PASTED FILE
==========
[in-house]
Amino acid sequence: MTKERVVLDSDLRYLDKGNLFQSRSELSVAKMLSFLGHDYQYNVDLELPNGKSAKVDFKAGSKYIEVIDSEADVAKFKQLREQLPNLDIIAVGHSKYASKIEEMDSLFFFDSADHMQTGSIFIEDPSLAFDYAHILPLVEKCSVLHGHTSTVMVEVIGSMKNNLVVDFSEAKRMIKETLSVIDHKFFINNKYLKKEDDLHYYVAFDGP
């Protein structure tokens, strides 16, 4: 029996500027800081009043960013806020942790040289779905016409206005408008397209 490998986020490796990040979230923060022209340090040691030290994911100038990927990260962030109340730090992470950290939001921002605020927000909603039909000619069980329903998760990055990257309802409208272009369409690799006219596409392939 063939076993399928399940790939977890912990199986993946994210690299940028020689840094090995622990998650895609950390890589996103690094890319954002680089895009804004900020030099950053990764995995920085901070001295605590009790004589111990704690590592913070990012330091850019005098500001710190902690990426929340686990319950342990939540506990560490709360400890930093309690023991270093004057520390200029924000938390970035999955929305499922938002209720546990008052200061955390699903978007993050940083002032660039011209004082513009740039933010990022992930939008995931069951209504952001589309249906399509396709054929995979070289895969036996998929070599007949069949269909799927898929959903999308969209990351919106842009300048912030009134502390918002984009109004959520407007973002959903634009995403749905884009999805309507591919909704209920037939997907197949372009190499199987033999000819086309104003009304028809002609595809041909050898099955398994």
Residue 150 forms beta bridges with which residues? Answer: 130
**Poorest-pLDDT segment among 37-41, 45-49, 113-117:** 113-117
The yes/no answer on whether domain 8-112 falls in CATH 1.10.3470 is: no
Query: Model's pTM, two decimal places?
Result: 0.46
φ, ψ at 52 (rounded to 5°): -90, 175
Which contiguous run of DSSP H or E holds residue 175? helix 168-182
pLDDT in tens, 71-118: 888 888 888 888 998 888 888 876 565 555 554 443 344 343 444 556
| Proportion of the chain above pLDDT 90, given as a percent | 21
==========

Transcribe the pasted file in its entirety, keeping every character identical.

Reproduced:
[in-house]
Amino acid sequence: MTKERVVLDSDLRYLDKGNLFQSRSELSVAKMLSFLGHDYQYNVDLELPNGKSAKVDFKAGSKYIEVIDSEADVAKFKQLREQLPNLDIIAVGHSKYASKIEEMDSLFFFDSADHMQTGSIFIEDPSLAFDYAHILPLVEKCSVLHGHTSTVMVEVIGSMKNNLVVDFSEAKRMIKETLSVIDHKFFINNKYLKKEDDLHYYVAFDGP
């Protein structure tokens, strides 16, 4: 029996500027800081009043960013806020942790040289779905016409206005408008397209 490998986020490796990040979230923060022209340090040691030290994911100038990927990260962030109340730090992470950290939001921002605020927000909603039909000619069980329903998760990055990257309802409208272009369409690799006219596409392939 063939076993399928399940790939977890912990199986993946994210690299940028020689840094090995622990998650895609950390890589996103690094890319954002680089895009804004900020030099950053990764995995920085901070001295605590009790004589111990704690590592913070990012330091850019005098500001710190902690990426929340686990319950342990939540506990560490709360400890930093309690023991270093004057520390200029924000938390970035999955929305499922938002209720546990008052200061955390699903978007993050940083002032660039011209004082513009740039933010990022992930939008995931069951209504952001589309249906399509396709054929995979070289895969036996998929070599007949069949269909799927898929959903999308969209990351919106842009300048912030009134502390918002984009109004959520407007973002959903634009995403749905884009999805309507591919909704209920037939997907197949372009190499199987033999000819086309104003009304028809002609595809041909050898099955398994």
Residue 150 forms beta bridges with which residues? Answer: 130
**Poorest-pLDDT segment among 37-41, 45-49, 113-117:** 113-117
The yes/no answer on whether domain 8-112 falls in CATH 1.10.3470 is: no
Query: Model's pTM, two decimal places?
Result: 0.46
φ, ψ at 52 (rounded to 5°): -90, 175
Which contiguous run of DSSP H or E holds residue 175? helix 168-182
pLDDT in tens, 71-118: 888 888 888 888 998 888 888 876 565 555 554 443 344 343 444 556
| Proportion of the chain above pLDDT 90, given as a percent | 21